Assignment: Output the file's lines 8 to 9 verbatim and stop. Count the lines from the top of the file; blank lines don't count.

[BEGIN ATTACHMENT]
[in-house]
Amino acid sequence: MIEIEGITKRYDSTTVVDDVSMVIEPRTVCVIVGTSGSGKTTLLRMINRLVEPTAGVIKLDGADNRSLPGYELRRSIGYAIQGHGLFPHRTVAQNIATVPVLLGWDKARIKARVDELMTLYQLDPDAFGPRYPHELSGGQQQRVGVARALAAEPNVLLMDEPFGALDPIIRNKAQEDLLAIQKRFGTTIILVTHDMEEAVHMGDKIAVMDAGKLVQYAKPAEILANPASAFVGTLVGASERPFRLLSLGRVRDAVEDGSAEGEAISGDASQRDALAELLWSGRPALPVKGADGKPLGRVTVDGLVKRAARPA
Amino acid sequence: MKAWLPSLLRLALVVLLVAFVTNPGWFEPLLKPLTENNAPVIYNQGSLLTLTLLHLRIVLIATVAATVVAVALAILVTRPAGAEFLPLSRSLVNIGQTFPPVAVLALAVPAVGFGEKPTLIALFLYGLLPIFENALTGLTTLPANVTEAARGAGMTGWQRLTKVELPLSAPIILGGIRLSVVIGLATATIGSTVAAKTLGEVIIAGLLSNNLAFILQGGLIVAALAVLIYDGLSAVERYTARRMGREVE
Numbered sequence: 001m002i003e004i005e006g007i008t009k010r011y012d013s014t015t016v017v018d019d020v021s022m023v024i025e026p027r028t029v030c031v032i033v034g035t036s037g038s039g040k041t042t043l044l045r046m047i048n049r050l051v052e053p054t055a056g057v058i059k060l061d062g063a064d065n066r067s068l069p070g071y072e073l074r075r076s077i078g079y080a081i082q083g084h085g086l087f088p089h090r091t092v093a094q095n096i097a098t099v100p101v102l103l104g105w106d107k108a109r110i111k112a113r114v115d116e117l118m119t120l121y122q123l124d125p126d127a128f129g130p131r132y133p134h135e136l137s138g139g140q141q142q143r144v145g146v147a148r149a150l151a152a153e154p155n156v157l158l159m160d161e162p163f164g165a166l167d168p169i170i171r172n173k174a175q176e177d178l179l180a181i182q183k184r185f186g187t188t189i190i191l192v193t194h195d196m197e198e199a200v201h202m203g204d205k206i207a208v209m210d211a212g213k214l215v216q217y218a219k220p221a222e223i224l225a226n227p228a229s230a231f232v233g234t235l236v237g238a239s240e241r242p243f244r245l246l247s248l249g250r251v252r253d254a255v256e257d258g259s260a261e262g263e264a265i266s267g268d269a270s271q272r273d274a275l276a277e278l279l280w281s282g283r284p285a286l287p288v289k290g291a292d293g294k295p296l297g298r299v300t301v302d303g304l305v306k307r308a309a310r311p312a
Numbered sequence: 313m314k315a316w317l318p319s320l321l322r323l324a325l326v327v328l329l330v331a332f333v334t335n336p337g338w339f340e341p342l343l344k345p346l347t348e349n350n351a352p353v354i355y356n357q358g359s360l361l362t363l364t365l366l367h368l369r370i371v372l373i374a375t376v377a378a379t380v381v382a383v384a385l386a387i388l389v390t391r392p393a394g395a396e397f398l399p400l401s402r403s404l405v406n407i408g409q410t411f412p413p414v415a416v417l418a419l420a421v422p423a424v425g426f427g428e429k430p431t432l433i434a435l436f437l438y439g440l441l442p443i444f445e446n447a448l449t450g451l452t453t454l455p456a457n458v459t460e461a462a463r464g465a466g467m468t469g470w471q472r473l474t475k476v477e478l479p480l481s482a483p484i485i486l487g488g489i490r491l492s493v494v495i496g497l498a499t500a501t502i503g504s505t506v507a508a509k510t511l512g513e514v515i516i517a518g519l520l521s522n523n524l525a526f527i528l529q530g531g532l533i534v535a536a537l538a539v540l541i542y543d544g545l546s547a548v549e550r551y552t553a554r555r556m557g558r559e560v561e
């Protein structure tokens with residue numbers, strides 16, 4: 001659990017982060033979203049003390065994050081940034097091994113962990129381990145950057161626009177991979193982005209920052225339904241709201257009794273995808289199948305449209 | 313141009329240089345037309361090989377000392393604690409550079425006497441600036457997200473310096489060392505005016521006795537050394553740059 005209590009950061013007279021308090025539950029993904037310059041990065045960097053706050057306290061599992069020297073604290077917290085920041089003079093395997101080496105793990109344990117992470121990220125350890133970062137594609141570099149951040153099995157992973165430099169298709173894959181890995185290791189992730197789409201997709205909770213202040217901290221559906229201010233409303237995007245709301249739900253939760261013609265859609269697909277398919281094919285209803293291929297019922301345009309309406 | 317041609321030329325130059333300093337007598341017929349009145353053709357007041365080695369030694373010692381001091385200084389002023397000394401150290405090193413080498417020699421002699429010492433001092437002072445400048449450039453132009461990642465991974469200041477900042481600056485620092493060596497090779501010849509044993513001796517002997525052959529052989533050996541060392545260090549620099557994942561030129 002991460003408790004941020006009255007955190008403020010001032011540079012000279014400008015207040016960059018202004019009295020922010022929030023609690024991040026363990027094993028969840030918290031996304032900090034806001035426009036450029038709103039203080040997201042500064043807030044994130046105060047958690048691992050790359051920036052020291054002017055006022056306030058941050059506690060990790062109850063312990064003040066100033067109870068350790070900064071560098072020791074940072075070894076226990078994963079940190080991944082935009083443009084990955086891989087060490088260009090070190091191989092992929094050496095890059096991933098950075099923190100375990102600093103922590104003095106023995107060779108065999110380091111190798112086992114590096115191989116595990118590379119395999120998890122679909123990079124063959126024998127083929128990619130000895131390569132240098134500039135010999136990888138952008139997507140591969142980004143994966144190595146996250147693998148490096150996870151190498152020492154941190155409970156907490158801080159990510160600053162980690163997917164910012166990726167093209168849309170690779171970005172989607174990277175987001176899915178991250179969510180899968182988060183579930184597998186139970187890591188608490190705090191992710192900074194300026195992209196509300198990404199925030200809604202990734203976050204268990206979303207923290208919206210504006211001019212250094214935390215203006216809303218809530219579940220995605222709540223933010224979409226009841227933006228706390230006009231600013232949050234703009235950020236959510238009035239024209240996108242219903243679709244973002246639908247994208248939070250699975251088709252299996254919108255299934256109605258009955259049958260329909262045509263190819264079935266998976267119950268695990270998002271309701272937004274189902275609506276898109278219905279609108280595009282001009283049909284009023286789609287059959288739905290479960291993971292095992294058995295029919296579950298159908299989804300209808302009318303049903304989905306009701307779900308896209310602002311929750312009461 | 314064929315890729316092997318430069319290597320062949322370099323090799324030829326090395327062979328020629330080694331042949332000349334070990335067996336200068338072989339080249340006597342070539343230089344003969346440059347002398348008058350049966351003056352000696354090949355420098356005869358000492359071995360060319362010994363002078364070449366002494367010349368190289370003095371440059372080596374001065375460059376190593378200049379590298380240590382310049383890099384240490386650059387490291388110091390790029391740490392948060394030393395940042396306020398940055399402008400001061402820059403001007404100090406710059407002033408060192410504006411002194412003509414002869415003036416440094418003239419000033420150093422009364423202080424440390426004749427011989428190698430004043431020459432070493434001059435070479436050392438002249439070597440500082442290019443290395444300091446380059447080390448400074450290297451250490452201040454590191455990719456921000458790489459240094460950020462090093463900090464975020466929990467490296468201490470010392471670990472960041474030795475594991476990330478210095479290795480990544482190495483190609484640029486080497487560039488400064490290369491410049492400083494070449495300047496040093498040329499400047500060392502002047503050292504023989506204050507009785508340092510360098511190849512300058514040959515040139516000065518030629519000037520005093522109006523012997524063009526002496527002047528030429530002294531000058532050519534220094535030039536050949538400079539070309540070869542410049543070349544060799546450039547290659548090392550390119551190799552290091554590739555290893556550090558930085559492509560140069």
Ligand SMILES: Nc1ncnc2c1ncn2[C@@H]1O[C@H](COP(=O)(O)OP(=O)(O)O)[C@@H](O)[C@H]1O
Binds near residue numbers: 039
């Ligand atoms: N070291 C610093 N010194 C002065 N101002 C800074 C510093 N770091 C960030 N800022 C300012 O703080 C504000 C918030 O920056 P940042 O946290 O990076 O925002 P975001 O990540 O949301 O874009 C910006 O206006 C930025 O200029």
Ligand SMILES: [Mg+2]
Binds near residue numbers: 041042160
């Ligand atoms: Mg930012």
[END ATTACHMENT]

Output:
Binds near residue numbers: 039
């Ligand atoms: N070291 C610093 N010194 C002065 N101002 C800074 C510093 N770091 C960030 N800022 C300012 O703080 C504000 C918030 O920056 P940042 O946290 O990076 O925002 P975001 O990540 O949301 O874009 C910006 O206006 C930025 O200029």